It's Not the Data, It's the Questions You Ask While Looking at the Data

On the ninth day of social & digital media, Adrian Lurssen of JD Supra discusses metrics and the importance of looking at the context around your data.

What metrics do you find most valuable when tracking digital marketing successes?

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Earlier this fall, at LMA Tech Midwest, I heard a terrific anecdote from Kathryn Whitaker, Director of Marketing and Business Development at McNair Law Firm, that perfectly captures a really smart approach to data/metrics.

Kathryn and I were sharing the stage in a presentation on Data and Content Marketing, a key part of the social and digital ecosystem. In her story of the progressive successes of a particular content campaign, Kathryn talked about how various metrics contributed to decisions and actions by her team.

First, her attorneys came to her with an idea, a gut instinct based on their knowledge of the marketplace, that an emerging topic (Opportunity Zones) was growing in interest and deserved time and attention. Kathryn used data to validate this thesis. The topic was indeed a hot one, and deserved priority.

If the story stopped there, I still think it would be smart. In an environment in which marketers and BD folks are asked - daily - to support initiatives and ideas, big and small, you can turn to metrics to determine which ideas deserve priority over the others (even if you know you'll have to get to all of them). In this case, the firm's attorneys and marketing team produced a number of posts around Opportunity Zones, built a presence on Twitter dedicated to the topic and, because data supported the investment, produced a video on the subject.

Time and money well spent.

But the story doesn't end there. After the initial measure of interest supported the idea that "we should be thought leaders here," Kathryn returned to her analytics and asked a new question:  with whom does this thought leadership resonate most?

The answer was interesting, surprising, and actionable. She found that folks within a specific sector, in which her firm already had many clients, seemed the most interested in Opportunity Zones. In other words, metrics showed that a target audience for this new content was already connected to the firm, for other reasons.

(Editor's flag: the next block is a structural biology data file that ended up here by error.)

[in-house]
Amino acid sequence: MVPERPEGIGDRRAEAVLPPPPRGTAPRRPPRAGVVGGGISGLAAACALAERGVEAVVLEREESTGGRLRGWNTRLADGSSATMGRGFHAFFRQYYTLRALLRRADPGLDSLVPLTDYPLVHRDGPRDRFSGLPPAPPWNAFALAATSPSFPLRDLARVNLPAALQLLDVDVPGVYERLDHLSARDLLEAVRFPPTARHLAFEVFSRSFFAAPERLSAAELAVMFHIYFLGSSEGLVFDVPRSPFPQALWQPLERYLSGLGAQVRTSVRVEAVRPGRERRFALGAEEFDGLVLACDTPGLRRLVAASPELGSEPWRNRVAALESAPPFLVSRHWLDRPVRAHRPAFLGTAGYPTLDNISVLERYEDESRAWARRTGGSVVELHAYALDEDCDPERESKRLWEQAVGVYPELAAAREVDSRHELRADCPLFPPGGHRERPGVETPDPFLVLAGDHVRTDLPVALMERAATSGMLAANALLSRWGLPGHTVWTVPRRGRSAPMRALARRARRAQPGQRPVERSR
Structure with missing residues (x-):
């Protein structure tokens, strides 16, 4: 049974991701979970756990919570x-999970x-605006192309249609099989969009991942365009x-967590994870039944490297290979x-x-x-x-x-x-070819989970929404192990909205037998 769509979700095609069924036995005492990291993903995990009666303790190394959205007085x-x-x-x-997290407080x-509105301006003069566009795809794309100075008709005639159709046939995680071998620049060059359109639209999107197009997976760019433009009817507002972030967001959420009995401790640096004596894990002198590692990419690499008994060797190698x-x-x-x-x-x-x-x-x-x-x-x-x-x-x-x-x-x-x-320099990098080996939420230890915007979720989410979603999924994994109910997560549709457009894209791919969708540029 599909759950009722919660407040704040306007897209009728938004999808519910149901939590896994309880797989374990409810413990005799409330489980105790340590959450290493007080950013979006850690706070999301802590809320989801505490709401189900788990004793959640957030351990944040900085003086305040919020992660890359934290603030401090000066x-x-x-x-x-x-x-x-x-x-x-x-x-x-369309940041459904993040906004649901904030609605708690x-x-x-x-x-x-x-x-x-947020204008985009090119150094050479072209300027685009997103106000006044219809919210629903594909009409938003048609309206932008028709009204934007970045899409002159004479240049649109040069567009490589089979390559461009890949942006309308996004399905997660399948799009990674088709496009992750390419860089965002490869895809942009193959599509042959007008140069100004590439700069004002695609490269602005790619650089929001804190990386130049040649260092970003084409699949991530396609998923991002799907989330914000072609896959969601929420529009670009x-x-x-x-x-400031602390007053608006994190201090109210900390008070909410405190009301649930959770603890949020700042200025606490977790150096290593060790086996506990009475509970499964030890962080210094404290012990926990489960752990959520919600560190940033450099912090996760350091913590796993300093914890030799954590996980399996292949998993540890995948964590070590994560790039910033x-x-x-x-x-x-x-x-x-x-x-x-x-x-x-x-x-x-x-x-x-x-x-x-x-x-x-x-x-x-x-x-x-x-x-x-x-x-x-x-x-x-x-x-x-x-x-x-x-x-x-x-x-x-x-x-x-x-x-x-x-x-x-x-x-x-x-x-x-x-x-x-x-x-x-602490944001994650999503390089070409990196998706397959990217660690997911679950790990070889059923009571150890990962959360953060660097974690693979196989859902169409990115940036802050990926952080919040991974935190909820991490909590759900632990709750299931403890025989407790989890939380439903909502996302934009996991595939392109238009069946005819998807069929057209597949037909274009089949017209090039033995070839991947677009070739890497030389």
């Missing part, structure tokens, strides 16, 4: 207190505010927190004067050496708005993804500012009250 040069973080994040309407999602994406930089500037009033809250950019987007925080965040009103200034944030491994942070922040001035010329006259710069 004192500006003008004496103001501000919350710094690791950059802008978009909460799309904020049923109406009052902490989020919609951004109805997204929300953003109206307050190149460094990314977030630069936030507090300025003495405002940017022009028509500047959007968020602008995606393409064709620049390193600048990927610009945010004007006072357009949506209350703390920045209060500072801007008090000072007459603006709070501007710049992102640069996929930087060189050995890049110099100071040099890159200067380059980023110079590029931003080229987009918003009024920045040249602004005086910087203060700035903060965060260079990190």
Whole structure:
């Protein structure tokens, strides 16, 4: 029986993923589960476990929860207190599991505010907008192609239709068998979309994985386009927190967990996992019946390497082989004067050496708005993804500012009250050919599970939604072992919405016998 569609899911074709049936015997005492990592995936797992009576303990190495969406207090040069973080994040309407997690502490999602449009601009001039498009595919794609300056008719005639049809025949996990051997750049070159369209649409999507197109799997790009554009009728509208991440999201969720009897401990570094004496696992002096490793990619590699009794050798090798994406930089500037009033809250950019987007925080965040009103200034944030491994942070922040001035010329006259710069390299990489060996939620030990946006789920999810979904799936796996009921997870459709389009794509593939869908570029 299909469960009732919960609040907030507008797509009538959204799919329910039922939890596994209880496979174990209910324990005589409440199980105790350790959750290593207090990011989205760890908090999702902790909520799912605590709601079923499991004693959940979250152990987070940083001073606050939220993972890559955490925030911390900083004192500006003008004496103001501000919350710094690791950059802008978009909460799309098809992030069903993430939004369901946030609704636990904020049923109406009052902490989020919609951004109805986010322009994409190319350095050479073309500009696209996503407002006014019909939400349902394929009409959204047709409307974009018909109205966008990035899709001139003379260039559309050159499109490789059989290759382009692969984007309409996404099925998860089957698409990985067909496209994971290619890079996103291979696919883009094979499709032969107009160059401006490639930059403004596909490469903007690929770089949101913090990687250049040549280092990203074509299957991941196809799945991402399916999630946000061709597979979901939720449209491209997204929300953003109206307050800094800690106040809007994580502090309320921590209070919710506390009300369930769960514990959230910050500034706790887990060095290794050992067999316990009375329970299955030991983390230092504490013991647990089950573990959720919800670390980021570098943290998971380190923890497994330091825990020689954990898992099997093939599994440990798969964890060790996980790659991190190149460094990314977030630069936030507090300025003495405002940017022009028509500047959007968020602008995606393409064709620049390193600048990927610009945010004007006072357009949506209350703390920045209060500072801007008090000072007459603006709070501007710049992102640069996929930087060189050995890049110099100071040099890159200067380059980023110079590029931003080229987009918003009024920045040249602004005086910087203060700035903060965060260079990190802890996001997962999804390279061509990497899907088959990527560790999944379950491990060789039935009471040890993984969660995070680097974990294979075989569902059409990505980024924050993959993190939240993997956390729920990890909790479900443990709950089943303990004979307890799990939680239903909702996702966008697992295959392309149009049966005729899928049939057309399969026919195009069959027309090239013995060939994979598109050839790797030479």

Next step? Build a campaign focused specifically on existing clients in that sector, letting them know that attorneys were available to discuss Opportunity Zones with them, should they be interested. And they were.

The campaign started broadly and, based on metrics, then focused on the specific - with much success.

At the start of this 12 Days of Social & Digital Media series, Jennifer Simpson Carr wrote that a focus on data/metrics helps internal teams define, collectively, what success looks like and how to measure it. I wholeheartedly agree.

I think Jennifer's observation dovetails nicely with Kathryn's story to make my point here - my actual answer to the question/prompt I have been asked to write about:

Whatever metrics you happen to focus on, bring to them specific questions that help you to build internal consensus, validate theories, and surface next, outward-facing steps.

Have I answered the question by not answering it? I don't think so. I would argue that you can't talk about metrics without first setting the stage for your relationship to the data.

Are 2,000 views of a new article by readers in the insurance sector a good number? It depends. Did your previous articles get 4,000 views or 500? If the former, you're doing well - if the latter, something is amiss.

 

What is one resource you recommend to legal marketers who want to learn more about social and digital media?

A lot of good ones have been shared during this series. Here's mine to add to the mix:

This year we have been blown away by the power of LinkedIn Navigator, which gives professionals amazing ability to network, research, and follow leads for new business. It's a remarkable tool for anyone doing business development and Samantha McKenna has been writing about how to use it in this series, which is ongoing. I recommend to anyone who is interested in LinkedIn's true power to follow Sam and her posts, which are ongoing.

 

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ABOUT  Adrian Lurssen

Adrian Lurssen is the co-founder and VP of Strategic Development at JD Supra.


In case you missed it:

The 1st Day of Social & Digital media, featuring Jennifer Simpson Carr of Knapp Marketing

The 2nd Day of Social & Digital Media, featuring Meghan Spralding of Miller Nash Graham & Dunn

The 3rd Day of Social & Digital Media, featuring Laura Toledo of Nilan Johnson Lewis PA

The 4th Day of Social & Digital Media, featuring  Walter D. McCorkle of  Bradley Arant Boult Cummings

The 5th Day of Social & Digital Media, featuring Olivia Rubio-Finn of Deborah Gaines Associates

The 6th Day of Social & Digital Media, featuring Madison Minner of Newmeyer & Dillion

The 7th Day of Social & Digital Media, featuring Clayton Dodds of Brewer Offord & Pedersen LLP

The 8th Day of Social & Digital Media, featuring Alaina Blekicki of Lowenstein Sandler


Be on the lookout!

The Social & Digital Media SIG is excited to host a cocktail meetup at the Annual Conference in 2019. Details to come.

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